Forrest Church Life Lines: Holding On (and Letting Go)
(Boston, MA: Beacon Press, 1996)
(ISBN: 0-8070-2722-7; hardcover)
(Library of Congress call number: BX9855.C48 1996)
This small, meditative book
is a collection of short reflections
on many of life's struggles and puzzles,
based very loosly on the book of Ecclesiastes.
Since they do not depend on each other,
the book can be read meaningfully in any order.
The author is a Unitarian Universalist
with many years of experience preaching and pastoring.
And many of these experiences appear as illustrations.
Forrest Church does not claim to have any ultimate answers,
but he is there struggling with the questions
along with the rest of us.
John A. Buehrens & Forrest Church
A Chosen Faith: An Introduction to Unitarian Universalism
(Boston, MA: Beacon Press, 1998)
(ISBN: 0-8070-1616-0; hardcover)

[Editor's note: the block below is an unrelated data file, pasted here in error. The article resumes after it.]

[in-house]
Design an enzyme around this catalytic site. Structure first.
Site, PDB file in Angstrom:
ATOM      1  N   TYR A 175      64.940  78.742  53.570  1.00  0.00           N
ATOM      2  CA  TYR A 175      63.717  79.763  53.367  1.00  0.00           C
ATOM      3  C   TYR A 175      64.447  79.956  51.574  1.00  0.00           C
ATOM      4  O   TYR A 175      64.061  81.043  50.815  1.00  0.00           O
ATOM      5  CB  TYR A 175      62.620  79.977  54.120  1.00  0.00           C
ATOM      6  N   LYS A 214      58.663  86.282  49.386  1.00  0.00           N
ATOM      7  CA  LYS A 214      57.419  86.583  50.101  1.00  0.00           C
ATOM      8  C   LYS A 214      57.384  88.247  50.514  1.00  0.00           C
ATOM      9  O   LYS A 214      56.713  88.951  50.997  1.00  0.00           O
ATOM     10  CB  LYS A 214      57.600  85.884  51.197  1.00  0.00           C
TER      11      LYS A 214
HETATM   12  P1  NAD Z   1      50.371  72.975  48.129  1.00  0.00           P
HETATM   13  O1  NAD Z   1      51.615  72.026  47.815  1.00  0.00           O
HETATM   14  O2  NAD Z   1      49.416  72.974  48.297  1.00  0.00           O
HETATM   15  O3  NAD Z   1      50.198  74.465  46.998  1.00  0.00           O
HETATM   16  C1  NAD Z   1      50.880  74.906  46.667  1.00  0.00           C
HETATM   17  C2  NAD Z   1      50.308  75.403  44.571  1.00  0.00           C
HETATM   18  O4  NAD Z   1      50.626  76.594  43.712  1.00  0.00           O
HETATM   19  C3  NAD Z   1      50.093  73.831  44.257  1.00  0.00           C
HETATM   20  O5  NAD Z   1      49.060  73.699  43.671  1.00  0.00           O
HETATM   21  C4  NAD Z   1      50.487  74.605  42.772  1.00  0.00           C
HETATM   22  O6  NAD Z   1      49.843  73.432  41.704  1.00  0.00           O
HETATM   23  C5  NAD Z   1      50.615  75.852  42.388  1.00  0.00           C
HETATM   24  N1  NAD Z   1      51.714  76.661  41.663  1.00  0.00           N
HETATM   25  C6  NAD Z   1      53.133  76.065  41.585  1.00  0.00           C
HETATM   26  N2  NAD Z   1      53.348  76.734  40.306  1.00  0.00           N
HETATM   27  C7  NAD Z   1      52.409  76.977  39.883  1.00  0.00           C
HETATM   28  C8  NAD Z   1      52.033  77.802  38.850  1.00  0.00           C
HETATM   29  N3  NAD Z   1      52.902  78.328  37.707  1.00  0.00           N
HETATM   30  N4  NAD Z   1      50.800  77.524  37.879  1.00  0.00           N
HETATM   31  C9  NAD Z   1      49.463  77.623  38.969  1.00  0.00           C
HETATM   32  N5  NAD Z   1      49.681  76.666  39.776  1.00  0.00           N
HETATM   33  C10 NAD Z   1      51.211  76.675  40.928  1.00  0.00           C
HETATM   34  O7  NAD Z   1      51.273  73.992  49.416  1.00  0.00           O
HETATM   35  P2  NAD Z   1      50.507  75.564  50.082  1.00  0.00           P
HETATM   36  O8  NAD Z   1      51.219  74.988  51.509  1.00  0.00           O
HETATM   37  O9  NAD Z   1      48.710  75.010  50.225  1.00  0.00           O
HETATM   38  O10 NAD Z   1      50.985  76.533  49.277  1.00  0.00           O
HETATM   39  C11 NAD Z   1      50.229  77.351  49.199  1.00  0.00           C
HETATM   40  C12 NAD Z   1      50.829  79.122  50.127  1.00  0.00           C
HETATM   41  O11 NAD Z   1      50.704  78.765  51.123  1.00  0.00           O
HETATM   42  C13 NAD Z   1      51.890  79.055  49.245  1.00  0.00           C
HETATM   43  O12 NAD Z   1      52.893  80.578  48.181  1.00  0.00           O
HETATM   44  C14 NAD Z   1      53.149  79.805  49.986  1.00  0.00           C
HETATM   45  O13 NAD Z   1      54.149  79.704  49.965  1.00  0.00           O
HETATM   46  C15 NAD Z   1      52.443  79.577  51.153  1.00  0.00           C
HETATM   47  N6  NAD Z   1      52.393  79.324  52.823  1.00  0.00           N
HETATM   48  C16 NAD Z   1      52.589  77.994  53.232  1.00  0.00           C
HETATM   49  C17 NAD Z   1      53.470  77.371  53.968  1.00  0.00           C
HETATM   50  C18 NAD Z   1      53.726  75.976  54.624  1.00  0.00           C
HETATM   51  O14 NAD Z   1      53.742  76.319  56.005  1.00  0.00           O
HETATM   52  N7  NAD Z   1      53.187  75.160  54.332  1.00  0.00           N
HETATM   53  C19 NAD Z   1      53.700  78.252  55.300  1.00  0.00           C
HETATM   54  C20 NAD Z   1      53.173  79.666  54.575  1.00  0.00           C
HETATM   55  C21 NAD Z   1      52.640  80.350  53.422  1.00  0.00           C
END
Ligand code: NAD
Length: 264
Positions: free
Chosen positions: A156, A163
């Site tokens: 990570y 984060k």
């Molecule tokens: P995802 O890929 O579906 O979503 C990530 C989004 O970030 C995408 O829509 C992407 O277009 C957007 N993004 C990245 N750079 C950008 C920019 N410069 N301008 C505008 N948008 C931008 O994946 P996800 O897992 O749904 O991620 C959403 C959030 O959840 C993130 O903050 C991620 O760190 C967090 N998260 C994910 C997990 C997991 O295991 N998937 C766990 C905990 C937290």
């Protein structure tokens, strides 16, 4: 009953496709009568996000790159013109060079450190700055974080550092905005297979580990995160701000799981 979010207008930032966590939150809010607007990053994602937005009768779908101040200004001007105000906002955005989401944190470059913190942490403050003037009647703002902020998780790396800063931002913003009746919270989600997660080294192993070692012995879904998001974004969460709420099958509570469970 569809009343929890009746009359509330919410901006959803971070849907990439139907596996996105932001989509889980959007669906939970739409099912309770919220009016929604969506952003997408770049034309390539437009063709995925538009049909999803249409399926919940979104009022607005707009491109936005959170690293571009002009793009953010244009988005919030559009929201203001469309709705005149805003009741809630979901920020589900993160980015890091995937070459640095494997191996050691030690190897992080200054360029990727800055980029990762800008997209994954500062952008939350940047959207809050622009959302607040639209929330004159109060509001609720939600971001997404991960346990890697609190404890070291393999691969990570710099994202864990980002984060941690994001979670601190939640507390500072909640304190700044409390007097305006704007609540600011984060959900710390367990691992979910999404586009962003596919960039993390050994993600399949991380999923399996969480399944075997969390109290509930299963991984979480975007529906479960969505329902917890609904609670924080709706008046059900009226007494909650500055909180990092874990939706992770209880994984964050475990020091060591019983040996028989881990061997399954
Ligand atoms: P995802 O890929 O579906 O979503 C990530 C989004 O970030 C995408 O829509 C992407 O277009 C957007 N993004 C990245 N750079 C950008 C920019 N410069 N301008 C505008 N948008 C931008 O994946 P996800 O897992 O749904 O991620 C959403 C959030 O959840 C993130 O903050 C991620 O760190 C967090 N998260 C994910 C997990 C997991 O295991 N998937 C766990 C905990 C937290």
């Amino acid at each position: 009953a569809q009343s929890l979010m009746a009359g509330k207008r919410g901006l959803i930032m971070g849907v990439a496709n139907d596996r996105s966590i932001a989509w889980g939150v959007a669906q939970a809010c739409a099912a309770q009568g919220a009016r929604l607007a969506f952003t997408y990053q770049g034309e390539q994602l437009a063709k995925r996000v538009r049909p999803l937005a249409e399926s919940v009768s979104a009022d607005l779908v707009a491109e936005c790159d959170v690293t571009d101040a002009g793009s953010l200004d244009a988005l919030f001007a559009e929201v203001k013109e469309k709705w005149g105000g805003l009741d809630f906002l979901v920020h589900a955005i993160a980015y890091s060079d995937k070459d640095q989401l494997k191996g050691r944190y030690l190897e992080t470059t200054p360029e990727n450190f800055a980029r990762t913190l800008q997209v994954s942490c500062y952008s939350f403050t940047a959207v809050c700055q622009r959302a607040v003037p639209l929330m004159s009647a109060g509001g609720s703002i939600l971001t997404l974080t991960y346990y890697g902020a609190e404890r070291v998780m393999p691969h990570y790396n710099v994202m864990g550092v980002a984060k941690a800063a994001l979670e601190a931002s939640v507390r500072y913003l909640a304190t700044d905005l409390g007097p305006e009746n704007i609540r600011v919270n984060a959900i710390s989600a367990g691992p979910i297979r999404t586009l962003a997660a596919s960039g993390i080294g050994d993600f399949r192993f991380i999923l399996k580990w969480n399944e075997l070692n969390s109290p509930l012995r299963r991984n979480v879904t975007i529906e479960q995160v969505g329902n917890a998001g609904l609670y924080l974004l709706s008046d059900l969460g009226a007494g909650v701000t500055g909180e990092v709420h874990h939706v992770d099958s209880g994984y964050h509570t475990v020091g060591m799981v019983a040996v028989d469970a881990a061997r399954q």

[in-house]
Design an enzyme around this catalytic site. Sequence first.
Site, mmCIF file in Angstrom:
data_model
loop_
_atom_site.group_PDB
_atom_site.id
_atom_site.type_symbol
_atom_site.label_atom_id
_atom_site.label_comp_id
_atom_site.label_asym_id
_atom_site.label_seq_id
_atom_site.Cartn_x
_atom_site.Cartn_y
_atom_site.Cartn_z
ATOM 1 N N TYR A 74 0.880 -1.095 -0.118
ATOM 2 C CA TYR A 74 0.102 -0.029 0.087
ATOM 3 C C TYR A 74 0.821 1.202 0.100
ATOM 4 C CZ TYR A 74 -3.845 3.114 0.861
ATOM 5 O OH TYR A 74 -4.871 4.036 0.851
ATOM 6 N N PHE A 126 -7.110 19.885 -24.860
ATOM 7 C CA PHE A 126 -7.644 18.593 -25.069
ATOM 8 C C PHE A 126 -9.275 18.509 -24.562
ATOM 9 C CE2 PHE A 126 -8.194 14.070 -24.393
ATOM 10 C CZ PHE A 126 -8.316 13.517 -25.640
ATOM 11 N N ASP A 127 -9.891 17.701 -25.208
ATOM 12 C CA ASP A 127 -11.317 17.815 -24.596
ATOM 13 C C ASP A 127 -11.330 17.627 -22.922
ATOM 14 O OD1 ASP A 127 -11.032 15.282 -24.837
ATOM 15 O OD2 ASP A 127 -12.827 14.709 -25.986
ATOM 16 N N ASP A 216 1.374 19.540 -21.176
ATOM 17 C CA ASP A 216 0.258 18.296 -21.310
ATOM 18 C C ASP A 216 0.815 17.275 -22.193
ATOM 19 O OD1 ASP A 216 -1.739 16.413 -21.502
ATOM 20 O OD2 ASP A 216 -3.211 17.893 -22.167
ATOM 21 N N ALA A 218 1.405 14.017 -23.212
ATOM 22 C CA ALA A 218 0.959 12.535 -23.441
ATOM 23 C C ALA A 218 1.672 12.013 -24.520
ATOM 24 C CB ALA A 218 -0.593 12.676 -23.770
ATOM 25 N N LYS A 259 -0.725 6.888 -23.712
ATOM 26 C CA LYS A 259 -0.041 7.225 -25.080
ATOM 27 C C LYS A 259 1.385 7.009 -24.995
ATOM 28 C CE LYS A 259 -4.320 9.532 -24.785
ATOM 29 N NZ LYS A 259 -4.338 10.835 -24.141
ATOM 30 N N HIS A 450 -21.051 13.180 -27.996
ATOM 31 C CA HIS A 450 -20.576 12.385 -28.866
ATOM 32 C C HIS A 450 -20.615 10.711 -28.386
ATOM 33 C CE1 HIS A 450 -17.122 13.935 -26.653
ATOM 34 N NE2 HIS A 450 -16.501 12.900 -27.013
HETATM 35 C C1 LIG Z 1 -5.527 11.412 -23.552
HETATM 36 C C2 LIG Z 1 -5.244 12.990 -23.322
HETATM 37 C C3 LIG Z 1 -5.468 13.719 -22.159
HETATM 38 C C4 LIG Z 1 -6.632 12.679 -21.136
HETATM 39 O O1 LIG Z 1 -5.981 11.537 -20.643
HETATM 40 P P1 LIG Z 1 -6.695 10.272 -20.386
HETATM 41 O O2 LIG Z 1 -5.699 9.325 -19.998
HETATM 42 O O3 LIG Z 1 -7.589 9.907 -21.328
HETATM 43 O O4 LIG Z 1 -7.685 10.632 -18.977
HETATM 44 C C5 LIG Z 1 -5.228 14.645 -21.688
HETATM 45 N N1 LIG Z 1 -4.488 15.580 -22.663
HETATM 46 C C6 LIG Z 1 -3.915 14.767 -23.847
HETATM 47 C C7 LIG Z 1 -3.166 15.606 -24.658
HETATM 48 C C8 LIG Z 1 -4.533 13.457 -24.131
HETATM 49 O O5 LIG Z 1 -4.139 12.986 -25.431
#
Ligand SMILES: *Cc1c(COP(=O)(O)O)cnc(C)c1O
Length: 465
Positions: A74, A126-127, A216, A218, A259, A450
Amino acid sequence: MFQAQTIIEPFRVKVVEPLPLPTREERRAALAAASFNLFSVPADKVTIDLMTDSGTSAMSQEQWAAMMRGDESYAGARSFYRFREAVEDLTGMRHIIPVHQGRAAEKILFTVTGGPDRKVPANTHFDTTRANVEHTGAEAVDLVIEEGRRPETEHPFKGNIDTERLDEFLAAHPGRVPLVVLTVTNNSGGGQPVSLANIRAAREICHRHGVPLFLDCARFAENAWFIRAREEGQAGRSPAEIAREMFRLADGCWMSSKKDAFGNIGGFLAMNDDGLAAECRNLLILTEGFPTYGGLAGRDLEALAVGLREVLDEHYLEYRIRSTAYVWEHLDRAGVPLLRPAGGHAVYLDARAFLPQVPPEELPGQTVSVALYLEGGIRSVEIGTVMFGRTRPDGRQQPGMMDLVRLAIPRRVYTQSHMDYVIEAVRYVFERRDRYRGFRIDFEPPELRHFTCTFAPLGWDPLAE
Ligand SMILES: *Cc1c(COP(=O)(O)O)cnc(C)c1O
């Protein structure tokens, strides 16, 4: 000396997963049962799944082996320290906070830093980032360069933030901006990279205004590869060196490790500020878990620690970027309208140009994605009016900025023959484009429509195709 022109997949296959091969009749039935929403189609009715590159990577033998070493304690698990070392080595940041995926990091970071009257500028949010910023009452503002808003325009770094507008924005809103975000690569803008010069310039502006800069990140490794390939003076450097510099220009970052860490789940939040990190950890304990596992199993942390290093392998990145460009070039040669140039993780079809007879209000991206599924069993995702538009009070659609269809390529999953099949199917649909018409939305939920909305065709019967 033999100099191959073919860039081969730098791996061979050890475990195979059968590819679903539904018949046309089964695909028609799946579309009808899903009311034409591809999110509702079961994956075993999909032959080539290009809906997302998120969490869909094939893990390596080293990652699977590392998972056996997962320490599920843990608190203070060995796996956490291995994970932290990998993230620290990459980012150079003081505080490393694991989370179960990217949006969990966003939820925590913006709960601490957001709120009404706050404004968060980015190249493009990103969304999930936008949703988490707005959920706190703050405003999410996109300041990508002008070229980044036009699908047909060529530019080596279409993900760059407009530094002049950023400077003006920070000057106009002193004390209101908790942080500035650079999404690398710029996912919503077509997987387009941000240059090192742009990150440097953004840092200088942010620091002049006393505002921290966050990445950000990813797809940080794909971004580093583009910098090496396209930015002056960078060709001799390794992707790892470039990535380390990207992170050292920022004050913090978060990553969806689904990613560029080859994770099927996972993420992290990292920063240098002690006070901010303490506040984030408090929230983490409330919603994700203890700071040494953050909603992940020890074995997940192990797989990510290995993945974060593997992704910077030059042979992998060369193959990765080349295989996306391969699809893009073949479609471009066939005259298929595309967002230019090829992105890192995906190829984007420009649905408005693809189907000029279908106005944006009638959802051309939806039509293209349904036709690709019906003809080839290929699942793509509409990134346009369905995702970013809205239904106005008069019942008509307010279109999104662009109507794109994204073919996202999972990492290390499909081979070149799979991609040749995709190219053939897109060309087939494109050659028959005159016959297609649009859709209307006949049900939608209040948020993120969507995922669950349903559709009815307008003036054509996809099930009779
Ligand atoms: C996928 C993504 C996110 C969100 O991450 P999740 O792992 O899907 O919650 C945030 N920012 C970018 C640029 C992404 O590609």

(ISBN: 0-8070-1617-9; paperback)
(Library of Congress call number: BX9841.2.B84 1998)
Originally published (1989)
as Our Chosen Faith,
this book is the collaborative effort of two UU ministers,
who were both working for a large New York City congregation
when the first edition was put together.
Later John Buehrens was elected president of the
Unitarian Universalist Association,
a position he held when the second edition was published.
This book tells us more about
of these two men than about Unitarian Universalism in general.
They wrote alternating chapters,
each pair addressing one of the themes of Unitarian Universalism.
Both authors have read deeply
in Unitarian Universalist history.
And nothing controversial appears in this book.
But because they are both so main-stream,
nothing very interesting or outlandish appears either.
The chapters probably originated
which were later edited for presentation in this book.
And for this reason, it reads more like a collection of sermons
than a coherent explanation of Unitarian Universalism.
The Library of Congress has
erroneously classified this book
under the following subject: "Unitarian Universalist Churches--Doctrines".
Actually UUism has no doctrines, since we are a creed-free movement.
But at least here are some of the beliefs
of two major thinkers within the UU movement.